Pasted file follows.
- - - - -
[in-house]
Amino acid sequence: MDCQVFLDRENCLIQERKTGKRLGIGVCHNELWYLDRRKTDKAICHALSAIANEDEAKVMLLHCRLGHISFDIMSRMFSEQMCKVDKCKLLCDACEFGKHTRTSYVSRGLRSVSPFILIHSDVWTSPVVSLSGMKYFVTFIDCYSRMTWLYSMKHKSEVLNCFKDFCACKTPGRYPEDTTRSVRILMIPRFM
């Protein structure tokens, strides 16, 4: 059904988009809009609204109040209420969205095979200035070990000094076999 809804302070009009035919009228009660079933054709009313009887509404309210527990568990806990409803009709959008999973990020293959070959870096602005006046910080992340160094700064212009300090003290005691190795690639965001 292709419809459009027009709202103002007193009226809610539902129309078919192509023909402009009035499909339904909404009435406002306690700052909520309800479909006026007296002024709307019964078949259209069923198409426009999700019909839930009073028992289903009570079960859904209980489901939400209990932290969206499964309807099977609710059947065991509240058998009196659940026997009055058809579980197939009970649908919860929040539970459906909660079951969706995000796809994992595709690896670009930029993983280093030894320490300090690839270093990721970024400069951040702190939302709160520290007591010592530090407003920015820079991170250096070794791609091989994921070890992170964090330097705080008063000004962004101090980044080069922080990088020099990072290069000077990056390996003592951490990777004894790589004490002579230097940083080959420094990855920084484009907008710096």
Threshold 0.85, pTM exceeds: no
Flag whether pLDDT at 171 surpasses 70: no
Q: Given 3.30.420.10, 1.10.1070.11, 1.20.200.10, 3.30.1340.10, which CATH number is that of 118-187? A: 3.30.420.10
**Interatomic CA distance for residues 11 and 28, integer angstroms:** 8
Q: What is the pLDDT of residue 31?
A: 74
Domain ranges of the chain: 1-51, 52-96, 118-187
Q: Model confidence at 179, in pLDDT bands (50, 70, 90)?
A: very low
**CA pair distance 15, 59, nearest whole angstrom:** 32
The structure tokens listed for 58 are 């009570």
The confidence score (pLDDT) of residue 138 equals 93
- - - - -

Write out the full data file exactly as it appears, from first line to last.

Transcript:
[in-house]
Amino acid sequence: MDCQVFLDRENCLIQERKTGKRLGIGVCHNELWYLDRRKTDKAICHALSAIANEDEAKVMLLHCRLGHISFDIMSRMFSEQMCKVDKCKLLCDACEFGKHTRTSYVSRGLRSVSPFILIHSDVWTSPVVSLSGMKYFVTFIDCYSRMTWLYSMKHKSEVLNCFKDFCACKTPGRYPEDTTRSVRILMIPRFM
């Protein structure tokens, strides 16, 4: 059904988009809009609204109040209420969205095979200035070990000094076999 809804302070009009035919009228009660079933054709009313009887509404309210527990568990806990409803009709959008999973990020293959070959870096602005006046910080992340160094700064212009300090003290005691190795690639965001 292709419809459009027009709202103002007193009226809610539902129309078919192509023909402009009035499909339904909404009435406002306690700052909520309800479909006026007296002024709307019964078949259209069923198409426009999700019909839930009073028992289903009570079960859904209980489901939400209990932290969206499964309807099977609710059947065991509240058998009196659940026997009055058809579980197939009970649908919860929040539970459906909660079951969706995000796809994992595709690896670009930029993983280093030894320490300090690839270093990721970024400069951040702190939302709160520290007591010592530090407003920015820079991170250096070794791609091989994921070890992170964090330097705080008063000004962004101090980044080069922080990088020099990072290069000077990056390996003592951490990777004894790589004490002579230097940083080959420094990855920084484009907008710096």
Threshold 0.85, pTM exceeds: no
Flag whether pLDDT at 171 surpasses 70: no
Q: Given 3.30.420.10, 1.10.1070.11, 1.20.200.10, 3.30.1340.10, which CATH number is that of 118-187? A: 3.30.420.10
**Interatomic CA distance for residues 11 and 28, integer angstroms:** 8
Q: What is the pLDDT of residue 31?
A: 74
Domain ranges of the chain: 1-51, 52-96, 118-187
Q: Model confidence at 179, in pLDDT bands (50, 70, 90)?
A: very low
**CA pair distance 15, 59, nearest whole angstrom:** 32
The structure tokens listed for 58 are 């009570």
The confidence score (pLDDT) of residue 138 equals 93